Limestone pharmacy seal for terra sigillata, Palestine, 100-1300 CE
Terra sigillata, or ‘sealed earth’, was a clay-like soil that was believed to have medicinal qualities. It was first used on the Greek island of Lemnos in around 500 BCE. It was usually prepared into cakes and then dried. The clay was then crushed into a powder and taken with liquids or made into a paste and smeared on the body. Terra sigillata was believed to fight against a number of diseases, including plague, and was highly sought after during epidemics. To prevent fake clay tablets being sold, terra sigillatae were stamped with a seal of authenticity.
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An acute contagious fever with high levels of mortality. Both the 'Black Death' that swept Europe in the 1340s and the Great Plague of London in 1665 are believed to have been bubonic plague.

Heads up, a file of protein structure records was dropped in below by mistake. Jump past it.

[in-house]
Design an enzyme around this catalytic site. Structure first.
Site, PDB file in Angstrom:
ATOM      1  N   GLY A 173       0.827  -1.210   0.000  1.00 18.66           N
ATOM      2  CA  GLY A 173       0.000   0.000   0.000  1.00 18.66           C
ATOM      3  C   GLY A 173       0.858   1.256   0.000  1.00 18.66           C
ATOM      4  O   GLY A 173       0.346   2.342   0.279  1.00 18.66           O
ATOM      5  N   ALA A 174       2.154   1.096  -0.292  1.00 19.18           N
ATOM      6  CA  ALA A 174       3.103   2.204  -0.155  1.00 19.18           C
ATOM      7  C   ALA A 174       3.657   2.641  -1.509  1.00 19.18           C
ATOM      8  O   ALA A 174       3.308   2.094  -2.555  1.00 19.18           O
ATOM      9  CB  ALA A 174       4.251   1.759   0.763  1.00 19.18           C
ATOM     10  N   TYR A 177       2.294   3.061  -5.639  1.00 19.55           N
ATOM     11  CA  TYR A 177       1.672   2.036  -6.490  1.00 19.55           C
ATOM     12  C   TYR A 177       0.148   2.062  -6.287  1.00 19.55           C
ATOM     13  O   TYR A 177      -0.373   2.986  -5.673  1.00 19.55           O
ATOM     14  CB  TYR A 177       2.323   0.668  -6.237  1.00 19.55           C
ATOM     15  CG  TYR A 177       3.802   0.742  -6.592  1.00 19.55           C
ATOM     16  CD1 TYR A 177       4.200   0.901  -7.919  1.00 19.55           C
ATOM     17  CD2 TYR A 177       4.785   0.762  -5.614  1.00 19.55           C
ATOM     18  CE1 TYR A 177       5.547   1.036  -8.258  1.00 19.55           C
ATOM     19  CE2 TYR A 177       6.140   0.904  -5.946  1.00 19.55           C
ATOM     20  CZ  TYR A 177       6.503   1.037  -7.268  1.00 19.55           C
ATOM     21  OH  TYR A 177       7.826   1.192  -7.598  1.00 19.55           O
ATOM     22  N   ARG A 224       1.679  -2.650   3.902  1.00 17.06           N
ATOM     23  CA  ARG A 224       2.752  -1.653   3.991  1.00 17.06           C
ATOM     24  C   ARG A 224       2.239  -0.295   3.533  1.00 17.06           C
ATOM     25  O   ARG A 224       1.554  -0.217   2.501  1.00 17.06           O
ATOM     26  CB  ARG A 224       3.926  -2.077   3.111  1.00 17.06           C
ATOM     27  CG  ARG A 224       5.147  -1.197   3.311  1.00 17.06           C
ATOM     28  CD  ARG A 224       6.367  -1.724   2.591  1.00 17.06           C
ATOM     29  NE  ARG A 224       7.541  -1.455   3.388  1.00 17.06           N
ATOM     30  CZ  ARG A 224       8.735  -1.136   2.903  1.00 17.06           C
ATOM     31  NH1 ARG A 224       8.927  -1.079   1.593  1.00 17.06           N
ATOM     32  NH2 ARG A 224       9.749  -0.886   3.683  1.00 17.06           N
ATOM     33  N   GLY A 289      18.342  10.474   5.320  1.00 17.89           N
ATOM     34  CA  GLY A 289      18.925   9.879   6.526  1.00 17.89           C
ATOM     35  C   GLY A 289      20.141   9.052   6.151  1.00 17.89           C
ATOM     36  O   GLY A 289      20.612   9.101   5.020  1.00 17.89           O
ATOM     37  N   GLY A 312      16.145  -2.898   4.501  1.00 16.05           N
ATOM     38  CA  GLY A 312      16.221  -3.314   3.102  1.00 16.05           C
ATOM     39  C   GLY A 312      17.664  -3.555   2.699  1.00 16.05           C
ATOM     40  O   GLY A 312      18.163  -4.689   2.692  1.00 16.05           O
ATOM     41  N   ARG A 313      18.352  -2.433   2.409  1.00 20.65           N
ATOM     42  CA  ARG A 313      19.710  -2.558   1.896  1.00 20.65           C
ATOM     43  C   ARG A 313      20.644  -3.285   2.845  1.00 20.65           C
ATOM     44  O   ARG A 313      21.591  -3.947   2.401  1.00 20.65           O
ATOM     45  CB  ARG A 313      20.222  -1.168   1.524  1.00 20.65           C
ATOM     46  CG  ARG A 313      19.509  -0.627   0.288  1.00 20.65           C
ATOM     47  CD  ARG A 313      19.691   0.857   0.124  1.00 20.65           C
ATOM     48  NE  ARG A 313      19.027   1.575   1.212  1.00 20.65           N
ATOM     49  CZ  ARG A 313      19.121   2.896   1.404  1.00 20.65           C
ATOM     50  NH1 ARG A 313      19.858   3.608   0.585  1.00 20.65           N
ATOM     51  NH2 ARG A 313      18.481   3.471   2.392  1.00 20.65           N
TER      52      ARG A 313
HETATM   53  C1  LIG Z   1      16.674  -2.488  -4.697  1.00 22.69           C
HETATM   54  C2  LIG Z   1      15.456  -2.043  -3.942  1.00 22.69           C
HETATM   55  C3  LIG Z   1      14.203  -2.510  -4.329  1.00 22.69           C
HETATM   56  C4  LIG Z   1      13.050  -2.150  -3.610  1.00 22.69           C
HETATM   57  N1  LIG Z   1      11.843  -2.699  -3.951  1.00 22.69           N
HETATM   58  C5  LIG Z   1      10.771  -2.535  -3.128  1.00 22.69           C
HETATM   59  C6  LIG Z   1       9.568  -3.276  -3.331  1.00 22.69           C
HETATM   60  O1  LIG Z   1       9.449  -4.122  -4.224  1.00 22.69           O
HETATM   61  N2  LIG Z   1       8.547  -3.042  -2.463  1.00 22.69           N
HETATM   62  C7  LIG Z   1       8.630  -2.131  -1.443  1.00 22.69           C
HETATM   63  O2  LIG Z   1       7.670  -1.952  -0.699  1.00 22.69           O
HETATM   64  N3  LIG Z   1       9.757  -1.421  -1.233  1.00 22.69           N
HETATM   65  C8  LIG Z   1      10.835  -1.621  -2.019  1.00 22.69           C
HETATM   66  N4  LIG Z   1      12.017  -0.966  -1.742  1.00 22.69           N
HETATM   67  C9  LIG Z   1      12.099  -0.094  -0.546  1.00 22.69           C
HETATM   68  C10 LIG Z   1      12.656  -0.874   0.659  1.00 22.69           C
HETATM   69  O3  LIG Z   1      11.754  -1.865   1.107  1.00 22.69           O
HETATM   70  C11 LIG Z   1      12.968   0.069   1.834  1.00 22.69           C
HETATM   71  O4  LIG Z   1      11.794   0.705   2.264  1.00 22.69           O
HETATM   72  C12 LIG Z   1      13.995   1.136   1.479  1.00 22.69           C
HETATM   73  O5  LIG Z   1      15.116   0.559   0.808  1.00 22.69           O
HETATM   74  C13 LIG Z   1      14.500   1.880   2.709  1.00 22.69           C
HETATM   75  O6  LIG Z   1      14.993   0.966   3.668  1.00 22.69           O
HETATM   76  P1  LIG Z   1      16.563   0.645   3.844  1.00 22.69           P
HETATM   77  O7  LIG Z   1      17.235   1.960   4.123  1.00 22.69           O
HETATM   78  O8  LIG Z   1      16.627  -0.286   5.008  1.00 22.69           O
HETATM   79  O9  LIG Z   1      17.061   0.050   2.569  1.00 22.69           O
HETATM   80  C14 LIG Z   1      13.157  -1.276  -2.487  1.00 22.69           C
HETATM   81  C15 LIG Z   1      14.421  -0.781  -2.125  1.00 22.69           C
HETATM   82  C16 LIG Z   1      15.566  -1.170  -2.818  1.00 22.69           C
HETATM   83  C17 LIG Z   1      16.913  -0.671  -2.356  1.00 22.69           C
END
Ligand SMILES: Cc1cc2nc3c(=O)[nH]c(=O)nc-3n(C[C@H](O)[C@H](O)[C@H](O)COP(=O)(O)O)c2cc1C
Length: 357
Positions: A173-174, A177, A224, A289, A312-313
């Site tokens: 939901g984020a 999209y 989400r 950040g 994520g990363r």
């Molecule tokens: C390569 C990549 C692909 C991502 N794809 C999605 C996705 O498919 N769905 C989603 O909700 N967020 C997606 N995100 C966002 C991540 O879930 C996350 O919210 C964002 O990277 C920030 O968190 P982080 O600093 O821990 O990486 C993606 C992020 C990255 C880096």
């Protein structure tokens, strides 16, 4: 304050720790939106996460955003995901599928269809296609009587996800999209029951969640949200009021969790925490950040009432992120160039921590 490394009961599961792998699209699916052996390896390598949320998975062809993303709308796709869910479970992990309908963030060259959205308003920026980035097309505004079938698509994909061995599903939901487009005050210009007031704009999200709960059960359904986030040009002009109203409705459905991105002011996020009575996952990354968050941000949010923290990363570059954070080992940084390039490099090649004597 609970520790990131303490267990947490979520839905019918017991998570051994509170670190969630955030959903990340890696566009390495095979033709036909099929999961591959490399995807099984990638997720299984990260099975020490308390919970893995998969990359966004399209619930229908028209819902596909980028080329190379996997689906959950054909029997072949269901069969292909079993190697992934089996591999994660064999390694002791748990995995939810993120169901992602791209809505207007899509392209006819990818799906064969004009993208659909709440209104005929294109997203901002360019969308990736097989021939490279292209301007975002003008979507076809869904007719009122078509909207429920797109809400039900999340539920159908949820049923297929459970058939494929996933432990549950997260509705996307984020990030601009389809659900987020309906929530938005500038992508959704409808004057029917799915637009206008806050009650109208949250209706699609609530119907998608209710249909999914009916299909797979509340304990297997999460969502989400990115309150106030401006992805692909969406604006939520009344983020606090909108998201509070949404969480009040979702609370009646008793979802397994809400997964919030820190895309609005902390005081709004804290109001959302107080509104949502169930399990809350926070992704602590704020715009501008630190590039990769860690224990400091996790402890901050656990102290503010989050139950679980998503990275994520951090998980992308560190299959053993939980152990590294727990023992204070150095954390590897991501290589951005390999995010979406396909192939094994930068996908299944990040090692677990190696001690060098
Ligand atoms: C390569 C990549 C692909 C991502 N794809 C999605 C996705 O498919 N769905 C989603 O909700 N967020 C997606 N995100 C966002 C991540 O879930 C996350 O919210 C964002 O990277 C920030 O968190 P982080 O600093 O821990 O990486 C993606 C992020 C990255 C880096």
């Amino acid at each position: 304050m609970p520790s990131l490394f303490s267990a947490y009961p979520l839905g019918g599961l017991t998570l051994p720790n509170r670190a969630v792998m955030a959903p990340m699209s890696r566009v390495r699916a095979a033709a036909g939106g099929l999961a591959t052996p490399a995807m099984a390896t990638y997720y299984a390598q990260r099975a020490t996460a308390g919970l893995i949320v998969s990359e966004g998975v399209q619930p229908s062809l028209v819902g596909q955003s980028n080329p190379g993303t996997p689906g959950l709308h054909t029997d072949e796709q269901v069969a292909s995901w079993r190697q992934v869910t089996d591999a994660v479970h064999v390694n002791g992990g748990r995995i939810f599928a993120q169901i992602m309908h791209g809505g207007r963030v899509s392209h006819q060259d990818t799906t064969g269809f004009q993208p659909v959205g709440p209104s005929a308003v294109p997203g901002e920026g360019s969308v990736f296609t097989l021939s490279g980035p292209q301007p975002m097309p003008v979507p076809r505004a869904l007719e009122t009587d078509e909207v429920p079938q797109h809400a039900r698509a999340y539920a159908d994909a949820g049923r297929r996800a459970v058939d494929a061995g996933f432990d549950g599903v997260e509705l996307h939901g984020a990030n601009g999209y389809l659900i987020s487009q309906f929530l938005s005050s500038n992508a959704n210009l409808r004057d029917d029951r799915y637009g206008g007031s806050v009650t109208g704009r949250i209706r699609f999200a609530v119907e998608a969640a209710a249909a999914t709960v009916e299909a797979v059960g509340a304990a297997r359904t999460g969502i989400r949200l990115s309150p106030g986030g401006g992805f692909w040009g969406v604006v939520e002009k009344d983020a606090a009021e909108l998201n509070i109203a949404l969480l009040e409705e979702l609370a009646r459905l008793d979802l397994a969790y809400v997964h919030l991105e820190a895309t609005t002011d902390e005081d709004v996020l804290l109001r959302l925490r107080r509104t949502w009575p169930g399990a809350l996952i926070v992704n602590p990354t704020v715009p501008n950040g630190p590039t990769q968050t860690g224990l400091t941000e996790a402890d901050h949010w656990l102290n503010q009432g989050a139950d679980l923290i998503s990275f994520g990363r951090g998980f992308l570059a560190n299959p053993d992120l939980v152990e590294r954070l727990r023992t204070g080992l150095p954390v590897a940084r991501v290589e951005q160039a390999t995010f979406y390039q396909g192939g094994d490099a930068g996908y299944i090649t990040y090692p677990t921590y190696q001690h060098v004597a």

A sudden widespread occurance of an infection with high numbers of people affected.
The preparation and medicinal dispensing of drugs.
Glossary: terra sigillata
A form of clay from the Greek islands of Lemnos or Samos. Until the 1700s, terra sigillata was used as a medicine and seen as a general cure for bodily impurities.
Glossary: seal - artefact
Refers to artefact bearing monograms, writing, numbers, symbols, or designs in intaglio that are used for making an impression in relief on some soft, tenacious substance such as clay or wax. They may be flat or cylindrical, the impression made by rolling the seal over the surface. The term also refers to the impressions that have been made in wax, clay, or another soft material by the impact of a seal or other hard engraved surface. Seals are generally used to authenticate documents or for decoration.